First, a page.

About the OTAs and the Direct Booking Wars
Skift: We also wanted to ask you about the online travel agencies (OTAs), and how that works in terms of distribution. Expedia, for example, says that it wants to be hotels’ friends, and that it wants to aide hotel brands and their direct marketing efforts. That it wants to enhance hotels’ loyalty programs. Do you buy that?
Bazin: I do. One, I buy it. Two, I think they mean it. Three, I think they’re correct. As much as they want to be friends of the hoteliers, I also want to be a friend of theirs, and we are. We are from the very early beginning. We are, with Priceline, Booking, and Expedia. The only limitation to our friendship is, what is the cost of that friendship? They provide a fabulous service, at an acceptable rate. It’s expensive, but it’s acceptable, for a first time customer.
A guy in Minneapolis who wants to come to a Novotel hotel in the south of France would have never heard of Novotel Hotel in the south of France if Booking or Expedia did not exist. They’re providing me with a first-time client, at a cost which is cheaper than me creating a sales engine in Minneapolis. Then the name of the game for us is, when the client comes into your hotel, we need to make sure the client has been welcomed, identify him or her, and invite that person, whenever they would come back to the AccorHotels network in the world, so the second time around they don’t have to go back to Expedia and Booking. That’s called the retention program.
I’m doing it in a very transparent manner, even vis a vis Expedia and Booking. They know we’re doing it, and they’re fine with it. Because most of their volume is first-time customers, which means we don’t have common interests, but we have common ambition, which is to develop the travel and tourism world. My answer, however, is very different from the answer of the small independent hotel owner and operator. Because if I have a retention program, that means I want that customer to benefit from the other brands, and the other 3,999, which is my strength. If you are an independent hotel, and you only own one hotel, every time you’re going to have to pay Booking and Expedia, because you don’t have something else to offer them.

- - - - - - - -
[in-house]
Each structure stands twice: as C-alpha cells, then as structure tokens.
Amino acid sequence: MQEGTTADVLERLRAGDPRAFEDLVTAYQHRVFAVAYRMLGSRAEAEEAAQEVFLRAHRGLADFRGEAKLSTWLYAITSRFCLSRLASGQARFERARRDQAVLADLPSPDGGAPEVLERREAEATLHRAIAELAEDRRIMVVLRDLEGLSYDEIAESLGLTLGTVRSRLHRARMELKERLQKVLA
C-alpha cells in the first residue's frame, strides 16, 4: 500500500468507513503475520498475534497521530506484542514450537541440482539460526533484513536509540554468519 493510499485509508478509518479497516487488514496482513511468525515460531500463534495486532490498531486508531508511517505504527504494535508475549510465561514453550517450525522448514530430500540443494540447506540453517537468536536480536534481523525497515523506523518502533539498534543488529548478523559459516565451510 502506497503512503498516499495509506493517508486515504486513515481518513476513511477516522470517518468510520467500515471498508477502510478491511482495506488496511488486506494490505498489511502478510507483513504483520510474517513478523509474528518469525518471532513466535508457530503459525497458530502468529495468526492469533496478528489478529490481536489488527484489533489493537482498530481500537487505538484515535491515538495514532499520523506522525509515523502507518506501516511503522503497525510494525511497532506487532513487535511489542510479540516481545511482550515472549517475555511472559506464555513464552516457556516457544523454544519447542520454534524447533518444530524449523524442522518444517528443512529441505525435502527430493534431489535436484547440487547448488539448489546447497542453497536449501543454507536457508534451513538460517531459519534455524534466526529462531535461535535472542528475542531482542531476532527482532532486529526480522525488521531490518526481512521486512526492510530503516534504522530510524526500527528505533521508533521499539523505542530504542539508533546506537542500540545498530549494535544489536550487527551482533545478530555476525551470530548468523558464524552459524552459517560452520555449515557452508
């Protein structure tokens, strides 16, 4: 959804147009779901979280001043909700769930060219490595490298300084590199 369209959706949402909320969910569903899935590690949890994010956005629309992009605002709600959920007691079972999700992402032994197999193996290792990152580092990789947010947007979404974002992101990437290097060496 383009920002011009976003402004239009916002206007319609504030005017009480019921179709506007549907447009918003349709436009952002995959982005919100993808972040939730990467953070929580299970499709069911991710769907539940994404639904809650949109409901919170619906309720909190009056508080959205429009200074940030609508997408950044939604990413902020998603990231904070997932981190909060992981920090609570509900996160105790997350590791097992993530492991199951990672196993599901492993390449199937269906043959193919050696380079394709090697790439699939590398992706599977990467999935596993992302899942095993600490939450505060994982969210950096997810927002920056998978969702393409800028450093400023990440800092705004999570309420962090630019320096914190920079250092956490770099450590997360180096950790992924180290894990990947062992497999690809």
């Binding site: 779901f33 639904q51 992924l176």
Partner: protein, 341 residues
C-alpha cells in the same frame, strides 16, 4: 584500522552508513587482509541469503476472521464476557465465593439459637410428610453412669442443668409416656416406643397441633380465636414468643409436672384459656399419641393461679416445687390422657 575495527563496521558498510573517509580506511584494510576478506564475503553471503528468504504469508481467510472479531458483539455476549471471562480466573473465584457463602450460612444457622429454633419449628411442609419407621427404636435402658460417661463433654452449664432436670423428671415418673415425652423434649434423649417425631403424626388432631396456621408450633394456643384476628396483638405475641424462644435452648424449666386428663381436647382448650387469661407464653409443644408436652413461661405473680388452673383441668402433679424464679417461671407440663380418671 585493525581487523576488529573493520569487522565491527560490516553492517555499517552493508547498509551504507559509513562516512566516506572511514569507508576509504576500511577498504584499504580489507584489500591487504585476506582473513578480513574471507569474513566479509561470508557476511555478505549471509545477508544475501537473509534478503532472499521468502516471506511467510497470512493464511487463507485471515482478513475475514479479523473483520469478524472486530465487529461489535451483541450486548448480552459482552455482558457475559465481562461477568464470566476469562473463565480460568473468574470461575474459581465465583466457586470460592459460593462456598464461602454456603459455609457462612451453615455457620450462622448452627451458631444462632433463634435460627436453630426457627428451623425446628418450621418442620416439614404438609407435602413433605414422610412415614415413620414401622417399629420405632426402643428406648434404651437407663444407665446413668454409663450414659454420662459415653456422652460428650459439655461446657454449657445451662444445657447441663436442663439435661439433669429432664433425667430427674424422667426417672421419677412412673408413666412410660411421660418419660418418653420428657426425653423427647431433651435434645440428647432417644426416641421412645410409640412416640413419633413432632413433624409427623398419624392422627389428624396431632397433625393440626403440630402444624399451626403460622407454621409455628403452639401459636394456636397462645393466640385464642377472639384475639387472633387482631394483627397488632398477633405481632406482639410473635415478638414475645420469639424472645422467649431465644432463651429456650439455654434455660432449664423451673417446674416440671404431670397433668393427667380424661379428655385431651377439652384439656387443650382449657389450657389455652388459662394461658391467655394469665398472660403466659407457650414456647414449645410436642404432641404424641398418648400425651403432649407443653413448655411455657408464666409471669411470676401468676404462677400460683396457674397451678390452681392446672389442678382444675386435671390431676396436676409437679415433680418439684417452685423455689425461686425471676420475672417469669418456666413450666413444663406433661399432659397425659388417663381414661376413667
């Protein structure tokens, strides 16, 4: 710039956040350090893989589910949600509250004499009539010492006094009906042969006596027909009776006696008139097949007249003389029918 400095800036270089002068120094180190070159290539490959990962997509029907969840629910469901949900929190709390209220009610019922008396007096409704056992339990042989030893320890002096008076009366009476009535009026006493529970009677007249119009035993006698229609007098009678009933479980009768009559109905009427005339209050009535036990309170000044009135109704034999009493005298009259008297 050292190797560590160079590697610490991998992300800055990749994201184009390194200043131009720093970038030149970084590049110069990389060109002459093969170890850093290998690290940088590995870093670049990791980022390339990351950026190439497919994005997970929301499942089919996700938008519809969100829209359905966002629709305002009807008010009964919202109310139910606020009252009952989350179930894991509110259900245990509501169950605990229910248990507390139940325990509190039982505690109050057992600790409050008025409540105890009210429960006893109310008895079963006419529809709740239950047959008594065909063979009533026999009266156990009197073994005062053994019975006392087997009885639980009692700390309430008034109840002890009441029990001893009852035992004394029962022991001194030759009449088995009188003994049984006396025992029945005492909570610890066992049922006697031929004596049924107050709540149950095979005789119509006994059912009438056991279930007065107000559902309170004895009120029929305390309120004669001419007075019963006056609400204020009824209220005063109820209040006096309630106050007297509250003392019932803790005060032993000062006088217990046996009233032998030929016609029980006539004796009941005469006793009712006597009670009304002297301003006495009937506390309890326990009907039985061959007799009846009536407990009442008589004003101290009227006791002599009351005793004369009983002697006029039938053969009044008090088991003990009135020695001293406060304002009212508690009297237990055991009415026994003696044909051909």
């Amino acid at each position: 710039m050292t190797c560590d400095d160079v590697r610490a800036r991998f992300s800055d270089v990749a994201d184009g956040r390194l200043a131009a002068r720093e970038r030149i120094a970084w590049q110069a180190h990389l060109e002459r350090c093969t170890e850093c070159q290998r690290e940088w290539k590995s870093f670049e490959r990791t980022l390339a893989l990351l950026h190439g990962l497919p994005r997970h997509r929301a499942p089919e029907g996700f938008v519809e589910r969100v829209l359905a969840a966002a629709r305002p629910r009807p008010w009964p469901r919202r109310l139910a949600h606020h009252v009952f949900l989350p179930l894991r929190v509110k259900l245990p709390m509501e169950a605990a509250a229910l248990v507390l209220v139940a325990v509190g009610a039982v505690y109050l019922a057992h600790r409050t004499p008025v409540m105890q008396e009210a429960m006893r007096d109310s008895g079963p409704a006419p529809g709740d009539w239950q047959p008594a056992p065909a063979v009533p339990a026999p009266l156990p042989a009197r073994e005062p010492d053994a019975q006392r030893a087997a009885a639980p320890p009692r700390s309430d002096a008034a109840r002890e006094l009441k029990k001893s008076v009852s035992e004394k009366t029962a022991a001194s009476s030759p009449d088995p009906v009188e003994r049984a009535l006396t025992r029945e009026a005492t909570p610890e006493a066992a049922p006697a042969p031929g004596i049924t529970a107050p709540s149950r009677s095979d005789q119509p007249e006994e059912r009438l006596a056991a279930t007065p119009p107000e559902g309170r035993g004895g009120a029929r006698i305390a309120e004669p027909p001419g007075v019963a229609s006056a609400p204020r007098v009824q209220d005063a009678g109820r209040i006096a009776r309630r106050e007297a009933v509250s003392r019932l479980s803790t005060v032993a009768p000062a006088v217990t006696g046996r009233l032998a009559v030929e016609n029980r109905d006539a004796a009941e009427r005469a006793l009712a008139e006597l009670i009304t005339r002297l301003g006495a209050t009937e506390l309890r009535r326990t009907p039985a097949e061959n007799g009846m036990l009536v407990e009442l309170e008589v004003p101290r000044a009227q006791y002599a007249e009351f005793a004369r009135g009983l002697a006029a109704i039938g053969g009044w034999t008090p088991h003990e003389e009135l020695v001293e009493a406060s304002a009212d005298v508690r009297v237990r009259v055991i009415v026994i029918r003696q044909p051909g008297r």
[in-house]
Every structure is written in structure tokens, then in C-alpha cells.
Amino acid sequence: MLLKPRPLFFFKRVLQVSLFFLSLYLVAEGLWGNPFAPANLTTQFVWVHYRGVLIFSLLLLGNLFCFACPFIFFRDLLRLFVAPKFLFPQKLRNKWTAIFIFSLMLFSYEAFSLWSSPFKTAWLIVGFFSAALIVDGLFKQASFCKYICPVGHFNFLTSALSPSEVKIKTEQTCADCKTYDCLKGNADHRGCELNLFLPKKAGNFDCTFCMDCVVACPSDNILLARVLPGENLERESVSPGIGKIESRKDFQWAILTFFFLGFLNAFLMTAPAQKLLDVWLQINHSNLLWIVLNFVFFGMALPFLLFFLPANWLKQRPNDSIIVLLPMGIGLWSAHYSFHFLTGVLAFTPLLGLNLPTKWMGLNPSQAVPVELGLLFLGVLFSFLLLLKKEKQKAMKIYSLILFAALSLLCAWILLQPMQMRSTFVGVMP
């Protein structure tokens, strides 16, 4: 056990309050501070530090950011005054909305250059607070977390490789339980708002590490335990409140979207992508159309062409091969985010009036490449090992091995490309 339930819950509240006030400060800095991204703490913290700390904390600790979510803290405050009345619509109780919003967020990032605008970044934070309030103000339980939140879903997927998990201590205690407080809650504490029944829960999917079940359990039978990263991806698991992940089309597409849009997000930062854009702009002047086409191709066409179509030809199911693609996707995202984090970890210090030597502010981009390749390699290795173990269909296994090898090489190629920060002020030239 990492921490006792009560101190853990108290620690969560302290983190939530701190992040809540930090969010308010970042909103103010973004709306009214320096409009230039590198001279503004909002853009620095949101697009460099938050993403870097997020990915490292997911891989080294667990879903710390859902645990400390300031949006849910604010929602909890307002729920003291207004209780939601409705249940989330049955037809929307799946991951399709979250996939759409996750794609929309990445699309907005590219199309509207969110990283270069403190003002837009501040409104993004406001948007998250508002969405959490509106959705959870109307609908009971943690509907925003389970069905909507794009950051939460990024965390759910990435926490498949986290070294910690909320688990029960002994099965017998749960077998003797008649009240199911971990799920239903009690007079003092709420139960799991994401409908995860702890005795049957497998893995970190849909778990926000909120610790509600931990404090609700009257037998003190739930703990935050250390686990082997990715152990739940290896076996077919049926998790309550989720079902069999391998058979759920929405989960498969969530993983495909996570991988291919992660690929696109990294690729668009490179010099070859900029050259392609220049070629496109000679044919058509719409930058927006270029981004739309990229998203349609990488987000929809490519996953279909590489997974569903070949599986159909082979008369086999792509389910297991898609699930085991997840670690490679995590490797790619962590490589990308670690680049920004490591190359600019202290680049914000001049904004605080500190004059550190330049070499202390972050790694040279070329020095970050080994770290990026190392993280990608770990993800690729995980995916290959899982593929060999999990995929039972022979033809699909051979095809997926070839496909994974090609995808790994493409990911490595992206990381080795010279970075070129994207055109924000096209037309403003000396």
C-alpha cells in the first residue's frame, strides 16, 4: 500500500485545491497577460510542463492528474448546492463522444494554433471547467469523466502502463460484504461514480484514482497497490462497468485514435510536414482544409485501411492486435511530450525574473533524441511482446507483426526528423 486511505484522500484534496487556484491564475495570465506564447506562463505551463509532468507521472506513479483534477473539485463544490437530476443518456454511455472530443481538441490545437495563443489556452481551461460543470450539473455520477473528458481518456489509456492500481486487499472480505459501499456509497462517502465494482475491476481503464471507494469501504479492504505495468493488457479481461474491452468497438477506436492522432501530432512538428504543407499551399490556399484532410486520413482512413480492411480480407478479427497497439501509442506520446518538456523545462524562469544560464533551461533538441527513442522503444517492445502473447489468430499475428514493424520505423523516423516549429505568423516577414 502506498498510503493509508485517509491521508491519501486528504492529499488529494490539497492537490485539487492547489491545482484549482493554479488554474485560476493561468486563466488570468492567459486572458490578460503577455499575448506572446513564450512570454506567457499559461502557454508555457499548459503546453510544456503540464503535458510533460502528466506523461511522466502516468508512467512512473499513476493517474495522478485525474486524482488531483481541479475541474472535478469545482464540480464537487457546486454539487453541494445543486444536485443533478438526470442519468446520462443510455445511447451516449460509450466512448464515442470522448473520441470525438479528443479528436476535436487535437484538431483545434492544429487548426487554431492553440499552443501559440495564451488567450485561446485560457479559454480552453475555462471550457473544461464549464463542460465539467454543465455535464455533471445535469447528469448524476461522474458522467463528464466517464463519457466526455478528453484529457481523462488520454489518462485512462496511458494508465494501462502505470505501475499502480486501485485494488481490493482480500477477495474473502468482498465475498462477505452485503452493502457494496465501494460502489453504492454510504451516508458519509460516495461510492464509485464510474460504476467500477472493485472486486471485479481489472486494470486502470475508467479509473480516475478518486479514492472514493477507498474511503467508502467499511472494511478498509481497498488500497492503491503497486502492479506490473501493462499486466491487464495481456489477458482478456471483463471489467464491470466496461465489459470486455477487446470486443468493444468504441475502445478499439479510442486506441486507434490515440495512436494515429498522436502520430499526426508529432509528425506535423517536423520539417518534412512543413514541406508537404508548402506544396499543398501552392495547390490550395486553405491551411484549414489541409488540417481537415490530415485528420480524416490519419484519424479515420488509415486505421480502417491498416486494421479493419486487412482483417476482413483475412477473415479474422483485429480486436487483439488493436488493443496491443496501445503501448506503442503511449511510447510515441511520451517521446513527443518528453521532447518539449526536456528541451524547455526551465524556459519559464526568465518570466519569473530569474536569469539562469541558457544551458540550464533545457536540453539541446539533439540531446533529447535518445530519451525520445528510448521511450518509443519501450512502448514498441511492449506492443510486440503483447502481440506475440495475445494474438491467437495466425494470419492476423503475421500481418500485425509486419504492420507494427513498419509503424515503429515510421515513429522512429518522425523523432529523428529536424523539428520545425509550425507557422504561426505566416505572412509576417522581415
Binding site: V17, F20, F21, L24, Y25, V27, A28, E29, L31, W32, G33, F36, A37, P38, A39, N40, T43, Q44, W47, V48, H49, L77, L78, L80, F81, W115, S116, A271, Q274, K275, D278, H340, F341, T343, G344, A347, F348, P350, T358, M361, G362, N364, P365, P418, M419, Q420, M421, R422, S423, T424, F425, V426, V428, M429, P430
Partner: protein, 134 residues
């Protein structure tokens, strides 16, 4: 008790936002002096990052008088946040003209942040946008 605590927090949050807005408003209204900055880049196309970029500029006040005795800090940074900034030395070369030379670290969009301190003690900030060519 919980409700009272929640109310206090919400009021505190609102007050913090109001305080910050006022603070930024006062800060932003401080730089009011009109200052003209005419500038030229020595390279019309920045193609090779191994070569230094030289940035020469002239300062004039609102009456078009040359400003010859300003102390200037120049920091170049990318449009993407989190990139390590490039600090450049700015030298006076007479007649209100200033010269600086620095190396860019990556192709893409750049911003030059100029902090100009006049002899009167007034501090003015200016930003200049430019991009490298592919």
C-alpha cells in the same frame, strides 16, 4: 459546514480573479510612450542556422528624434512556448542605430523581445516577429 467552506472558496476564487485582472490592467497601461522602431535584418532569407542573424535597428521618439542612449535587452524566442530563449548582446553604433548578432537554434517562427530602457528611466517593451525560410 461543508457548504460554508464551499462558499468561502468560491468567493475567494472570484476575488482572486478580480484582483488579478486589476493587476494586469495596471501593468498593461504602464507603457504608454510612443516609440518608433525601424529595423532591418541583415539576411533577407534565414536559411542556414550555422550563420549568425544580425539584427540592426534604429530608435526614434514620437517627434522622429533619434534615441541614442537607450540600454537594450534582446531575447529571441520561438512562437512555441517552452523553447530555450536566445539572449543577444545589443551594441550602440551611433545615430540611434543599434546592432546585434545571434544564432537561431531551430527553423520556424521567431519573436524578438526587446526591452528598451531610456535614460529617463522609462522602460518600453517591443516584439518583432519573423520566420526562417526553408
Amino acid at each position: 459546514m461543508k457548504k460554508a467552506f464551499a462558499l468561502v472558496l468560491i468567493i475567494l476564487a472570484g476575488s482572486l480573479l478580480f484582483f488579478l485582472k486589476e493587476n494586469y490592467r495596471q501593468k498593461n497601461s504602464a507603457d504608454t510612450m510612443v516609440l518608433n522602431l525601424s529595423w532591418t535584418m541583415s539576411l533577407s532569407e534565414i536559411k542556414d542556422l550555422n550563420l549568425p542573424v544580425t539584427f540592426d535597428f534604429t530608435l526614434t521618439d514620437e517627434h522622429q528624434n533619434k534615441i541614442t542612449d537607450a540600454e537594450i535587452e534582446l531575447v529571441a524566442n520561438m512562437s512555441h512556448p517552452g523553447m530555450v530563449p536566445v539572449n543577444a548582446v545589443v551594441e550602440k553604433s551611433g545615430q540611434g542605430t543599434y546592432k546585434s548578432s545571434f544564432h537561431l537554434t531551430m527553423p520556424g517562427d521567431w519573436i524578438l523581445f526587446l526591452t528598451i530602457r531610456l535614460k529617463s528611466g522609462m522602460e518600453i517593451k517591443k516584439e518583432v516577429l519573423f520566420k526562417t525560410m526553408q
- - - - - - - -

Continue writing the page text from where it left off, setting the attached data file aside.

We just have to be very careful on which answer. The one thing they have to be careful is, that service has a price. I don’t want that price to be confiscatory. That’s basically where people have to talk, in a sense.
Skift: That’s why Accor has allowed independent hotels to advertise on its site, yes? You’re acting as a distribution channel.
Bazin: What we’ve been saying is under two premises. Number one, which is interesting, is, except America, the entire hotel industry is extremely fragmented. It’s majority in the hands of independent hoteliers. In Italy, for that matter, 95 percent of the Italian hotels are run and owned independently. In France, it’s 70 percent. Which means all of those independent hotels are suffering from the advent of new digital players, the OTAs the TripAdvisors, because they don’t have the technology, and they don’t have access to their clients anymore, as easily as in the past.
Groups like ours, we’ve been investing more and more in loyalty and technology, in CRM, and in data. We’ve actually missed offering to share our technology with the majority of the hoteliers, which happen to be independent. We actually never looked at them, except imposing our brands on them as a franchisee. In many occasions, you don’t want to impose the brand, because the hotel doesn’t fit your brand. What we’ve been saying for a few years, it is a bit rubbish. One ought to basically show hands, and open your arms to those independent hotels, because they actually need us. To pay for our technology at a much lower cost, and it makes them less dependent on the OTAs, so it’s a win-win.